Middleware intercepts traffic between the client and the API (whether real or simulated), and allowing you to manipulate it.

You can use middleware to manipulate data in simulated responses, or to inject unpredictable performance characteristics into your simulation.

Middleware works differently depending on the Hoverfly mode.

  • Capture mode: middleware affects only outgoing requests
  • Simulate mode: middleware affects only incoming responses (cache contents remain untouched)
  • Synthesize mode: middleware creates responses
  • Modify mode: middleware affects requests and responses

You can write middleware in any language. There are two different types of middleware.

Local Middleware

Hoverfly has the ability to invoke middleware by executing a script or binary file on a host operating system. The only requires are that the provided middleware can be executed and sends the Middleware JSON schema to stdout when the Middleware JSON schema is received on stdin.

HTTP Middleware

Hoverfly can also send middleware requests to a HTTP server instead of running a process locally. The benefits of this are that Hoverfly does not initiate the process, giving more control to the user. The only requirements are that Hoverfly can POST the Middleware JSON schema to middleware URL provided and the middleware HTTP server respones with a 200 and the Middleware JSON schema is in the response.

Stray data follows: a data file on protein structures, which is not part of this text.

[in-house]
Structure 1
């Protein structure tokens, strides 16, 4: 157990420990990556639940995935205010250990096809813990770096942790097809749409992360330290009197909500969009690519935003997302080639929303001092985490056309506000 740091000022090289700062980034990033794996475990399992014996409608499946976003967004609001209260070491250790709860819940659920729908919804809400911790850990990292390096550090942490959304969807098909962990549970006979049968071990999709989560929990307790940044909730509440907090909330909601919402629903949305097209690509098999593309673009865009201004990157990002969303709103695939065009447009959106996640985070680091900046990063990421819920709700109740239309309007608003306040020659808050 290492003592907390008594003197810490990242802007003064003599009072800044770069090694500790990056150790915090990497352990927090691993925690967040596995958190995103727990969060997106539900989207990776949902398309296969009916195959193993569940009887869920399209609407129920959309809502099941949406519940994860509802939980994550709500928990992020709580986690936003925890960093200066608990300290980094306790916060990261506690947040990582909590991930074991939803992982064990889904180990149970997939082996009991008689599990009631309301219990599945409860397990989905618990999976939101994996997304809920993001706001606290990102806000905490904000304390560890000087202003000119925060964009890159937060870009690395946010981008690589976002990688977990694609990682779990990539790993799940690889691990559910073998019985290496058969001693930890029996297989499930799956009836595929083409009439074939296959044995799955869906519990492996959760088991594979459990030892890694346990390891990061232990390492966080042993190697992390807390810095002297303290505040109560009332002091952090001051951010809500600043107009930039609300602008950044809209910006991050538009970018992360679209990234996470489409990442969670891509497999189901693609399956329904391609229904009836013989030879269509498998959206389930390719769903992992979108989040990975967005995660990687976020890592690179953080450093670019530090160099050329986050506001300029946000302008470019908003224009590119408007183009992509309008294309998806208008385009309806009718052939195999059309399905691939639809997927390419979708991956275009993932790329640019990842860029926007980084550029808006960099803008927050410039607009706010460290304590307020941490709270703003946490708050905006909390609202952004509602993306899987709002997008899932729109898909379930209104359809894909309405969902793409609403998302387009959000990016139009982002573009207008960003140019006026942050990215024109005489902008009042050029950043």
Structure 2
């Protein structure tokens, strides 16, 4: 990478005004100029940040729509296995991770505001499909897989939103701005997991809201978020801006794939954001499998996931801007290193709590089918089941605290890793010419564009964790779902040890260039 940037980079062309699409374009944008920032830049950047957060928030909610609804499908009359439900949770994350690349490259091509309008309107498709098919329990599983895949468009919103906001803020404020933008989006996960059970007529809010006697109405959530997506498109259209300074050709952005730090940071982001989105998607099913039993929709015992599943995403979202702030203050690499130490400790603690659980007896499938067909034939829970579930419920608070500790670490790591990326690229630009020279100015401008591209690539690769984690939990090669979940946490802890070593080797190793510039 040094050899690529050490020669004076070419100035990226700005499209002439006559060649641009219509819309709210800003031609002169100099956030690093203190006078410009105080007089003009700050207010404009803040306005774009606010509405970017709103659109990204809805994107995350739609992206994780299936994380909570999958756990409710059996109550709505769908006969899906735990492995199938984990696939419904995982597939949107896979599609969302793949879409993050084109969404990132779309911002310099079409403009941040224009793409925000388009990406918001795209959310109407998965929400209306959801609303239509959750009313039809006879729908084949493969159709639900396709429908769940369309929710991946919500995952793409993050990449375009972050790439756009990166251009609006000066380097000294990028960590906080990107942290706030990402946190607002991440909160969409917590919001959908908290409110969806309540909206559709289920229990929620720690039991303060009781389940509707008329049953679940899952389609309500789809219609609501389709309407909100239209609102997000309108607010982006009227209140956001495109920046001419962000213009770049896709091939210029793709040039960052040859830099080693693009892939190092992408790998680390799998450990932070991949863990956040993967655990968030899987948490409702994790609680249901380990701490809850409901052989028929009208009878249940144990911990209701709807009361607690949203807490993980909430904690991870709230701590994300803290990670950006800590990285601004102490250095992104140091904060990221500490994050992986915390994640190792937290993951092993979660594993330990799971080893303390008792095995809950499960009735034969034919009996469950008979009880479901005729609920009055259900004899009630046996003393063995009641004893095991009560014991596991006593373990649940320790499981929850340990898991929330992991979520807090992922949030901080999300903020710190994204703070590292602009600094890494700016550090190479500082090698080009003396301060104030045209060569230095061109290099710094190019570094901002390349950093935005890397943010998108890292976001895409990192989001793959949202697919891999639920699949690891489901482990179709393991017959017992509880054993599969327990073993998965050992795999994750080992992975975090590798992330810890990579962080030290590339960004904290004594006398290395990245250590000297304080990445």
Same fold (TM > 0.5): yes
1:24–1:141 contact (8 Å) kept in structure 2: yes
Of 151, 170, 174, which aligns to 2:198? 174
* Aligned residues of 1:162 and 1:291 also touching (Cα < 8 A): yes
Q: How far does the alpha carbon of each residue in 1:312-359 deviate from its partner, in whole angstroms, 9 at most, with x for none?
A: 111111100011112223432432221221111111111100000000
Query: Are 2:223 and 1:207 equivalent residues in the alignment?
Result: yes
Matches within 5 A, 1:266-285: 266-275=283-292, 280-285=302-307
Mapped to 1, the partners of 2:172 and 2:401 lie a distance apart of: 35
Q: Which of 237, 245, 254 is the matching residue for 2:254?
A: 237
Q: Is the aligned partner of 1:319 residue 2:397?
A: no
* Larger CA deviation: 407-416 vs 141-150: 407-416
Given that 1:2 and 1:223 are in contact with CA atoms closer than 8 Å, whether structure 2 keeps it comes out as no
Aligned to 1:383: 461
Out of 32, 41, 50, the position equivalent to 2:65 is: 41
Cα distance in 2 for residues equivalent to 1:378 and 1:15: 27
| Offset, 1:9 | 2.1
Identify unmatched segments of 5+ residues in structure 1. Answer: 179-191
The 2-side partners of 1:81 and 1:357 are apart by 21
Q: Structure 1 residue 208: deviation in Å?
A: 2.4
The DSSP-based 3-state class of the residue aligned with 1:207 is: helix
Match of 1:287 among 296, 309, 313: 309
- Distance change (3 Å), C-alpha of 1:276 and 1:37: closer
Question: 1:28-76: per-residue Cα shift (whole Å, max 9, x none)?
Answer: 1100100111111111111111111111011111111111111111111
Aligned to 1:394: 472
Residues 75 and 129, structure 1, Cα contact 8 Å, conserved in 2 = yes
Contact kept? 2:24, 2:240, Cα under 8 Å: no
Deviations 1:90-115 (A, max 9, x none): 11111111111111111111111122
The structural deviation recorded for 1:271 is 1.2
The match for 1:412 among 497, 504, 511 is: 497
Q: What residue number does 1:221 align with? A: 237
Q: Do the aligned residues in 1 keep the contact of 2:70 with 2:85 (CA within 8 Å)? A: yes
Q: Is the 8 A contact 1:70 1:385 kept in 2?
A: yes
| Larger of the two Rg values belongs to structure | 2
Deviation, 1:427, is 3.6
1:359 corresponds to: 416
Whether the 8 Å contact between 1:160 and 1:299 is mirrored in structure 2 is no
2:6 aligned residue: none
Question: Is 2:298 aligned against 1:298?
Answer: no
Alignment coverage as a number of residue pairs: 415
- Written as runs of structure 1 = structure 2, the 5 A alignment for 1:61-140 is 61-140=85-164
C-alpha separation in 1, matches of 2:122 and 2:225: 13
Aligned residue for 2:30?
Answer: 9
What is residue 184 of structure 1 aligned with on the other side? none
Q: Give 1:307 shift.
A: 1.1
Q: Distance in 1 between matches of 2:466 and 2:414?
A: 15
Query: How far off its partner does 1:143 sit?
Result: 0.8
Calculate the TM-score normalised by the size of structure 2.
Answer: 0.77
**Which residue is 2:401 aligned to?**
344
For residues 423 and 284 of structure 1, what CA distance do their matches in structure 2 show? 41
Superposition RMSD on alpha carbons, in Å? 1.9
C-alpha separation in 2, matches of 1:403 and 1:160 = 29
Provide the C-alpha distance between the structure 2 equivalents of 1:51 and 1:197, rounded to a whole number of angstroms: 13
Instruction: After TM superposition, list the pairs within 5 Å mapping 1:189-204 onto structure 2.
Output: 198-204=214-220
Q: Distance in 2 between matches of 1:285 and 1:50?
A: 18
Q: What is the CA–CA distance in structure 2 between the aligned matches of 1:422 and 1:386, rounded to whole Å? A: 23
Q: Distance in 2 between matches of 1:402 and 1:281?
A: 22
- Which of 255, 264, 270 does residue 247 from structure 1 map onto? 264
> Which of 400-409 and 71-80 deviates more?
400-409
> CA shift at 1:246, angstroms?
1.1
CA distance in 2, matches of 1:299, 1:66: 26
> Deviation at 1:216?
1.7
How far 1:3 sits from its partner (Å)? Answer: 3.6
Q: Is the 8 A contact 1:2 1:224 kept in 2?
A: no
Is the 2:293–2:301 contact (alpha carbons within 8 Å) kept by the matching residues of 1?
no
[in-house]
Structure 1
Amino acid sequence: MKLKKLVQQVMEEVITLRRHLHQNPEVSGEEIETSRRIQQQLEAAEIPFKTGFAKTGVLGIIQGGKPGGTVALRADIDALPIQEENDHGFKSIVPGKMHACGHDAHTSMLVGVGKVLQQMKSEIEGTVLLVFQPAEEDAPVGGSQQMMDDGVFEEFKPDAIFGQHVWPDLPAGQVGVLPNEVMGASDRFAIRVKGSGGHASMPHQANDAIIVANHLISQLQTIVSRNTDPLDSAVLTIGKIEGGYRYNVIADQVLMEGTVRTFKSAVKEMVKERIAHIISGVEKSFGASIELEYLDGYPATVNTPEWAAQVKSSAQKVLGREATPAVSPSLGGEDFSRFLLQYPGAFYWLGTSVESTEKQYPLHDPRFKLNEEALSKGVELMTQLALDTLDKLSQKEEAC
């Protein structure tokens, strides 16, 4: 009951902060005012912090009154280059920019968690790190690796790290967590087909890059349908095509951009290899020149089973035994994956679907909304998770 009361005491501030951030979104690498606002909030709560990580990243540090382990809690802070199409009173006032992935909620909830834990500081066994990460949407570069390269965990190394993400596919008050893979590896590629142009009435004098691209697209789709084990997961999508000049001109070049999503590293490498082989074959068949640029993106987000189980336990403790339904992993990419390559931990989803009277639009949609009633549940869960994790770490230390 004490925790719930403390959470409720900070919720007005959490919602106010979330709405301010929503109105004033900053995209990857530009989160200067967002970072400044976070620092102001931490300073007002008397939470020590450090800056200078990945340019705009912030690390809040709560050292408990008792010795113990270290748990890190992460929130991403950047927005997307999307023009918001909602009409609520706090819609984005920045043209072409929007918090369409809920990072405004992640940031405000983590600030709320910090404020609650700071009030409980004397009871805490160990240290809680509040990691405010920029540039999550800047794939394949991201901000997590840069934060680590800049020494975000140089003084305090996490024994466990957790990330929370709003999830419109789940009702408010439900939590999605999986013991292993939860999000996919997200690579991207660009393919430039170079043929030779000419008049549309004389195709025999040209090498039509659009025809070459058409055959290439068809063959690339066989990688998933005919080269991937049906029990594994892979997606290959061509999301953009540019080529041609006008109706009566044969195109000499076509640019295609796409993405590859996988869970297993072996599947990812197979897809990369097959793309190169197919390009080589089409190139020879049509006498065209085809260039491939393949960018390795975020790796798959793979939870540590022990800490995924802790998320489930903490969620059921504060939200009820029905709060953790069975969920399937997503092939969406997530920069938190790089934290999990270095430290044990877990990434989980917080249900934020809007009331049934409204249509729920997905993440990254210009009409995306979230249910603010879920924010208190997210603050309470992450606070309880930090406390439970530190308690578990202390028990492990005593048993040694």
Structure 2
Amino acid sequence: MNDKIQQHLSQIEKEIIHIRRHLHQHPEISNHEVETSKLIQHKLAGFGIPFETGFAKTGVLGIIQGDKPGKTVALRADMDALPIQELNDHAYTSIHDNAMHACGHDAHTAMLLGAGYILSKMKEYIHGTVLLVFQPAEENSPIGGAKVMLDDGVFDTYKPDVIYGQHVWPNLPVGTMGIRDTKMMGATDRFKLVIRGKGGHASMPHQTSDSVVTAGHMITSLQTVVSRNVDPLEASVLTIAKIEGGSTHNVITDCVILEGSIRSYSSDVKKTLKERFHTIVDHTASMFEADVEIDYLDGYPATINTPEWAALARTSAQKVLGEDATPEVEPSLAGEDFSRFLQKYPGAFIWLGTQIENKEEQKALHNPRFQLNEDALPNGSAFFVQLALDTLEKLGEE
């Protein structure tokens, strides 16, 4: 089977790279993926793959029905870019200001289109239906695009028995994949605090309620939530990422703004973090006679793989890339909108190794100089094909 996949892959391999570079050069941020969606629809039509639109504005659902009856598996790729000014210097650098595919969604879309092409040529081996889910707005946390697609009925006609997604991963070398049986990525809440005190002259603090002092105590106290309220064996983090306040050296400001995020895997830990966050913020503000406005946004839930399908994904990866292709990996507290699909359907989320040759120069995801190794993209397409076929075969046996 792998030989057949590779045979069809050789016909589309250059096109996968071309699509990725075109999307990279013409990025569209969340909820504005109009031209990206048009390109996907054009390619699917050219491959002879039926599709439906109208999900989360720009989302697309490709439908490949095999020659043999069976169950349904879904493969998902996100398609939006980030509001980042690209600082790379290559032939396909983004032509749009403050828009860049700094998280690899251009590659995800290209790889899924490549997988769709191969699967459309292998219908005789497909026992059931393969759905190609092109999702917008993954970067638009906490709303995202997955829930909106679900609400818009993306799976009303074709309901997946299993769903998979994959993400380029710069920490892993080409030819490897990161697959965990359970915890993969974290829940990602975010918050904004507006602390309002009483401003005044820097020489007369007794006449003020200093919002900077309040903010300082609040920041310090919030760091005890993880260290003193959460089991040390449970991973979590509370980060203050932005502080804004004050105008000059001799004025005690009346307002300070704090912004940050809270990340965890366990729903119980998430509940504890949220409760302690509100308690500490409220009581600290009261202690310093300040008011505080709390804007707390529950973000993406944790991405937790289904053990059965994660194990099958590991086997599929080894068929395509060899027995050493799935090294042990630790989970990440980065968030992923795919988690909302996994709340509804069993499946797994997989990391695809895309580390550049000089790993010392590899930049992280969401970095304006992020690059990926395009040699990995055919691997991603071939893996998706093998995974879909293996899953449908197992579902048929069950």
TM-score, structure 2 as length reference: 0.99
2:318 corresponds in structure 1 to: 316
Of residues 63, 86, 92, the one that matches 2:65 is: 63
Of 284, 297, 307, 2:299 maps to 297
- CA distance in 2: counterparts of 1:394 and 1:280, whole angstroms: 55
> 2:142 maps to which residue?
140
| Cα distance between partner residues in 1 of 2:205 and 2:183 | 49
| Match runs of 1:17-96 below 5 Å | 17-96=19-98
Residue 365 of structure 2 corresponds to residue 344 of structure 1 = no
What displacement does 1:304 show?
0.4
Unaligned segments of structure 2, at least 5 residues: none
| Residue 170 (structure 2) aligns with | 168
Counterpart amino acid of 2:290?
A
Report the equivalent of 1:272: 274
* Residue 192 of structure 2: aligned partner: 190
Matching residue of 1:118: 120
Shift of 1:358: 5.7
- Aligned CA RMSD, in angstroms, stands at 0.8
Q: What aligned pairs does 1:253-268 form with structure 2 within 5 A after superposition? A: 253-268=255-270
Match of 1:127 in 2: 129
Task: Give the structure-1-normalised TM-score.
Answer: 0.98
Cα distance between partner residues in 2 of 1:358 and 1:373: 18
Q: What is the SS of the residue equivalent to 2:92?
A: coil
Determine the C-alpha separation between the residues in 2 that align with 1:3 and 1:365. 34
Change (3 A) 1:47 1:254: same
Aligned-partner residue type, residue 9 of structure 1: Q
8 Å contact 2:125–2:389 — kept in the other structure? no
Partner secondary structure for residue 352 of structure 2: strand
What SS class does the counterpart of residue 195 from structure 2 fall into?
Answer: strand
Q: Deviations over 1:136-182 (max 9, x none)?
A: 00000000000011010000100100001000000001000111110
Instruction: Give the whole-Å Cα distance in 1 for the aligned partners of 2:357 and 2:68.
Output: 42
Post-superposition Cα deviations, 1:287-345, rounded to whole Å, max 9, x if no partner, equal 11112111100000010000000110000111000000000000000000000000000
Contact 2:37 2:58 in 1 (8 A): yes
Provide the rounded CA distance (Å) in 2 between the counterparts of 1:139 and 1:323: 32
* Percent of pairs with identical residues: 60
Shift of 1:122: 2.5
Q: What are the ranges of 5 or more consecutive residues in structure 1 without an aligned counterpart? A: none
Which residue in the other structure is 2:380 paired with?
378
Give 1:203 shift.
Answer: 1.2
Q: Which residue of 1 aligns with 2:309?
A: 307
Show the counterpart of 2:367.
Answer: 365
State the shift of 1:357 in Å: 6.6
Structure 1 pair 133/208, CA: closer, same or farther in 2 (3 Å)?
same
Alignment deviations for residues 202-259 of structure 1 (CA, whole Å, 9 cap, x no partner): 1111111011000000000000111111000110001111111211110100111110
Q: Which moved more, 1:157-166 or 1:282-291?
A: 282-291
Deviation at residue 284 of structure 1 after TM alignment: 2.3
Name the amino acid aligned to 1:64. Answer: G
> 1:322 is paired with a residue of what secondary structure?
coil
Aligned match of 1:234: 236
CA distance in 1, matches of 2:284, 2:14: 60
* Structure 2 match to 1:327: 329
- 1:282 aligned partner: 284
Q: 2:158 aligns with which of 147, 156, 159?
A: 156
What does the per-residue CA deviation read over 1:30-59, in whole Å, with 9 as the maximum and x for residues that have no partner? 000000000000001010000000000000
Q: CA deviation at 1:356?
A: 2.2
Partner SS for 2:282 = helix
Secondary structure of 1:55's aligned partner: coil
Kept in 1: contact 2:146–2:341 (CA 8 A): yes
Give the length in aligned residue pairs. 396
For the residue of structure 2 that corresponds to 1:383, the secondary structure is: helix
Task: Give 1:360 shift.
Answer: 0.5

Middleware Interface

When middleware is called by Hoverfly, it expects to receive and return JSON (see Simulation schema). Middleware can be used to modify the values in the JSON but must not modify the schema itself.


Hoverfly will send the JSON object to middleware via the standard input stream. Hoverfly will then listen to the standard output stream and wait for the JSON object to be returned.

See also

Middleware examples are covered in the tutorials section. See Using middleware to simulate network latency and Using middleware to modify response payload and status code.